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2 September 2010

OMEGA European Masters 2010 - Round 1


Matteo Manassero drew inspiration from the achievements of fellow countryman Edoardo Molinari last weekend by providing Italian golf with another massive impetus in the Omega European Masters at Crans-sur-Sierre. The 17 year old fired a flawless seven under par 64 to lead after the first round as Europe’s newest Ryder Cup rookie, Molinari, compiled a smooth 66 to be tied for fourth place. Sandwiched between the two Italians are Finland’s Mikko Ilonen and Englishman Graeme Storm on 65.

However, the stage on a glorious sunny day in the Alps belonged to the aspiring young champion, Manassero, who displayed a fearlessness associated with youth in successfully out-scoring his friend and compatriot, Molinari, by two strokes.


Last Sunday, Molinari was glued to a television set at home as Molinari birdied the final three holes to win the Johnnie Walker Championship at Gleneagles and receive a captain’s pick from Colin Montgomerie immediately afterwards.

 “What Edoardo did was pretty unbelievable,” said Manassero. “You don’t see that very often. To win a championship and then to be picked for The Ryder Cup with his brother was something to inspire everybody, not just me.

“I played nine holes with him in practice. He seems very relaxed now and calm and I expect him to play good this week. He is in the best moment of his life, just won a championship, made The Ryder Cup Team; it’s been a fantastic year for him.

“I hope that more young Italians will take up golf. We hope that obviously that many, many more guys will come through.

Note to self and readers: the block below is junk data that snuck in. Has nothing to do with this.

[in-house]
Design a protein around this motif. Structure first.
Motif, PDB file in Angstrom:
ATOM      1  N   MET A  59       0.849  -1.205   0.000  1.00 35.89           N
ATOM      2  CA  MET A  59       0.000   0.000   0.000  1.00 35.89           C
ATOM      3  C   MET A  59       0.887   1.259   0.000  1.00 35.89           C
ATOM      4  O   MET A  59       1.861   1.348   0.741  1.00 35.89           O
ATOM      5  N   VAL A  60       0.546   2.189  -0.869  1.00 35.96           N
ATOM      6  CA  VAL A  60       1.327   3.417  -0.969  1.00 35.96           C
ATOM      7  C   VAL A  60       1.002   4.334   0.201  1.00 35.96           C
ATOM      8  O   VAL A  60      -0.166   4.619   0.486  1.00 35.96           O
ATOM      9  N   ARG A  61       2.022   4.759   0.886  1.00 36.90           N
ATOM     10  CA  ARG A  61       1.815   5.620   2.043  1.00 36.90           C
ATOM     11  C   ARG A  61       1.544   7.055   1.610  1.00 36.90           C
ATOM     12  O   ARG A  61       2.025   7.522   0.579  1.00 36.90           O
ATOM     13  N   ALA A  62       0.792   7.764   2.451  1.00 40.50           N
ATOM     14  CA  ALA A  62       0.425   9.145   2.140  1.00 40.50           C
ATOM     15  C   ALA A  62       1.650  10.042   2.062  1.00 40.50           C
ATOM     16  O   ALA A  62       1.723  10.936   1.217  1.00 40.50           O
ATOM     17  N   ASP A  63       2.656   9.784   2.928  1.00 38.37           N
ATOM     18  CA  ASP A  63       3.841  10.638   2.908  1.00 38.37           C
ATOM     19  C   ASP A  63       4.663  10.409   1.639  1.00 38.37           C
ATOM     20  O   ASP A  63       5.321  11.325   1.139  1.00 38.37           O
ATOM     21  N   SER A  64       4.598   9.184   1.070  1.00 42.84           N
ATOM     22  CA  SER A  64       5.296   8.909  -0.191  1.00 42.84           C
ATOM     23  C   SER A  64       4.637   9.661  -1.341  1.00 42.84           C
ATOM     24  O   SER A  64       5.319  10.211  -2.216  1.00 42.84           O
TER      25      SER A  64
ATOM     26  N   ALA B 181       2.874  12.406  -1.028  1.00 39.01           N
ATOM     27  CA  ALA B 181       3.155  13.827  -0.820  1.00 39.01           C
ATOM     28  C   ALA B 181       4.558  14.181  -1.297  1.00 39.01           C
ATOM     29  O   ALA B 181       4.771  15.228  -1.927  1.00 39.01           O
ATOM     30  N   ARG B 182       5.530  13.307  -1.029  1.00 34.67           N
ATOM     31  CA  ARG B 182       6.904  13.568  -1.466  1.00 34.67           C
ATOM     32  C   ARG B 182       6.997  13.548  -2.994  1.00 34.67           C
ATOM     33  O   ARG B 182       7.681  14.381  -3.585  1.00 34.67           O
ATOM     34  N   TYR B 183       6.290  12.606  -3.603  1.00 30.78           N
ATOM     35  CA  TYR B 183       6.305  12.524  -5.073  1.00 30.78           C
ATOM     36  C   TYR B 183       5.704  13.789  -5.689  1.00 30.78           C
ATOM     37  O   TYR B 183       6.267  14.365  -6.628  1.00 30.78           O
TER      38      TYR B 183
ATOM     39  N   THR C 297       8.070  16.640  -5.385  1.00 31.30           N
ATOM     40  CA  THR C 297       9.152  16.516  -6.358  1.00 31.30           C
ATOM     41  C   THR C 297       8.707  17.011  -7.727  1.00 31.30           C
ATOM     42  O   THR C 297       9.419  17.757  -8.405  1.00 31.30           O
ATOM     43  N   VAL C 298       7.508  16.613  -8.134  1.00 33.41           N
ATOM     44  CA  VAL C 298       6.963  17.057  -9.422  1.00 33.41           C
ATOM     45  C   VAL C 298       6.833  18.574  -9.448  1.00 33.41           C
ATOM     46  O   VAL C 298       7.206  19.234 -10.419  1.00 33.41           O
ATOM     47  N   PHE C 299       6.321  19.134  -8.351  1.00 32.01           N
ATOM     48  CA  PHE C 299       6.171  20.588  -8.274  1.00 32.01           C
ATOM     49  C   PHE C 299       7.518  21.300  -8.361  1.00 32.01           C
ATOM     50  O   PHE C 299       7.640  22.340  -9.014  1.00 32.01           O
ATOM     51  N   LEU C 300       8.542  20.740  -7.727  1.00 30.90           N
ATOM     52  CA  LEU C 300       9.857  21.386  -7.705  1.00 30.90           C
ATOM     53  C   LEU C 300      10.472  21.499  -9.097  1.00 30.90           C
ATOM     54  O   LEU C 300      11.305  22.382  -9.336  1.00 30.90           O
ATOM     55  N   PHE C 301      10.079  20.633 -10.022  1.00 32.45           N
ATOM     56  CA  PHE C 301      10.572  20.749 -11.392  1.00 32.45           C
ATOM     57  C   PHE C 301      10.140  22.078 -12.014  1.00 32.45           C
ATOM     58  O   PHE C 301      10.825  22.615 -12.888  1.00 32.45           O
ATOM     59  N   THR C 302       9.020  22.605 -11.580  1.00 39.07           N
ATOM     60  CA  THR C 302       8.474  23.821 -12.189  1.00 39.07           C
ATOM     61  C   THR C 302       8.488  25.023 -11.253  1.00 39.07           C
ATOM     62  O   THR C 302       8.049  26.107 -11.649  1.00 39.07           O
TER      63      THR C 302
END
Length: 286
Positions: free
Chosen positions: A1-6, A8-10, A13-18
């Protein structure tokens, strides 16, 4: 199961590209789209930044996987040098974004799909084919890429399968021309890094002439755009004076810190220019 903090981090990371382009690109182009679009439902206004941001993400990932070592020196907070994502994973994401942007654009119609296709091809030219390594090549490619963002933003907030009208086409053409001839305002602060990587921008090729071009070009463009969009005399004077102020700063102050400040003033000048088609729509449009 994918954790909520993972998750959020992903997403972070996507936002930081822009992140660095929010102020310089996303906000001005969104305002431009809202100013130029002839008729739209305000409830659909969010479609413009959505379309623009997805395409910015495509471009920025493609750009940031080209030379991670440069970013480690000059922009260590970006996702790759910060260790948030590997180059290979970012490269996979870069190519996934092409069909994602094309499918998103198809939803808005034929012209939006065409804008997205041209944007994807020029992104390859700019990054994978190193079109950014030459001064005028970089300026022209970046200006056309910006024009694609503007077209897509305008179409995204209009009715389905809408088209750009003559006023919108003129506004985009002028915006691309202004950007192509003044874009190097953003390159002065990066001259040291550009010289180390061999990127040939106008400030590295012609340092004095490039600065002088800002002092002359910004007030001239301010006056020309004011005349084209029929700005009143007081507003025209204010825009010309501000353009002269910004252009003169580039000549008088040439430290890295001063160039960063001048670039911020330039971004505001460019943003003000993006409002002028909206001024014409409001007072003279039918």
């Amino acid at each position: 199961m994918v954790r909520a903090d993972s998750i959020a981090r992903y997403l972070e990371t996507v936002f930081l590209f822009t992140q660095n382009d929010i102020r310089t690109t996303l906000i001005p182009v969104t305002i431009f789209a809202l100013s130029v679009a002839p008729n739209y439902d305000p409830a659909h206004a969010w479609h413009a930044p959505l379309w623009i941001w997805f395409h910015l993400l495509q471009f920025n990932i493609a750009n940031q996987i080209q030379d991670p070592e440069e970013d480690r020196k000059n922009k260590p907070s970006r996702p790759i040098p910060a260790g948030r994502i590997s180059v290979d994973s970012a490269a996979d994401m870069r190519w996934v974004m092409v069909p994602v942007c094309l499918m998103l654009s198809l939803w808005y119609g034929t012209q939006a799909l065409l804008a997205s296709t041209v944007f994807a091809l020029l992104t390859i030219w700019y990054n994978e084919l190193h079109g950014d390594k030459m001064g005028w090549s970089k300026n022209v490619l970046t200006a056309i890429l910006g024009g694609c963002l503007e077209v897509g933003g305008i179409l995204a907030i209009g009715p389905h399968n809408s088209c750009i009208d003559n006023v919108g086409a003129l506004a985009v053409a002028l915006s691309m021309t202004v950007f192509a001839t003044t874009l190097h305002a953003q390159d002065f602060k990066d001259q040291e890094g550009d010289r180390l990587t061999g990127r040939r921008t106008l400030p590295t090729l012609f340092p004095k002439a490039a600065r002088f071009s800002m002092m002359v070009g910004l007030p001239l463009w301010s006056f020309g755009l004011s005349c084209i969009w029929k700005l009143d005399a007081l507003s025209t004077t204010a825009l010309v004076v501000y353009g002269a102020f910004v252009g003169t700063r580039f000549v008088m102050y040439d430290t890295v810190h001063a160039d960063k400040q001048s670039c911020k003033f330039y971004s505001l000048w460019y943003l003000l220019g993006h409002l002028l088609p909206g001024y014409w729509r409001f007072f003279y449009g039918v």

“It’s very good to have two top players in the world and Ryder Cup players that are close to you, come from the same country and introduce you to that life. It was lucky for me. I will always respect them.”

A former British Amateur Champion, Manassero joined the paid ranks after finishing 36th at the Masters Tournament in April. That entitled him to seven invitations to try to earn enough to avoid the need to attend November's Qualifying School.

This is the sixth of those seven and while he has done well to make the cut in all the previous five, he needs a high finish either now or at the Alfred Dunhill Links Championship next month.

Manassero did not drop a stroke all day and after turning in 33 added further birdies on the first, third, sixth, seventh and ninth.

“It was the perfect round,” said Manassero. “I didn’t miss many greens and when I did I recovered well with up and downs. I don’t think I could have expected better. I think seven under is the best. I think I shot a six under in Geneva but this is definitely one of my best rounds since I turned pro and I think it is the lowest.

“I have this and the Dunhill Links which is the last of seven invites and my last chance to get a card through the main Tour but I also have a chance through The Challenge Tour as well.”

That front nine 31 was not the best of the day, though. Swede Mikael Lundberg did it in 30 and a hole in one at the third earned him a bar of gold valued at €23,000, but he then came home in 39.

Ilonen almost matched Manassero withy six birdies and no dropped shots in his 65 while Storm’s solitary blemish came at the tenth where he ran up a bogey five.

Despite the drama and excitement of the previous weekend, Molinari was another who kept a bogey off his card and his round of 66 earned him a share of fourth with a group of players including England’s Robert Coles, David Drysdale of Scotland, Australian Rick Kulacz, Chapchai Nirat of Thailand and England’s Steve Webster.

“I played really nicely, had a few chances on the back nine but didn’t take them,” said Webster. “Overall, it’s a good start. I played well in the Czech Republic but played terrible last week and missed the cut so I decided not to pick up a club again until I got here.“

Omega’s newest Ambassador, 55 year old Australian Greg Norman, finally returned to action almost a year after shoulder surgery and reached the turn in one under par before rustiness kicked in. Norman  came home in 40 for a round of 75 and admitted; “I loved being back out there. I got a bit derailed coming home and even thought I didn’t have any feel with my chipping, I enjoyed it.”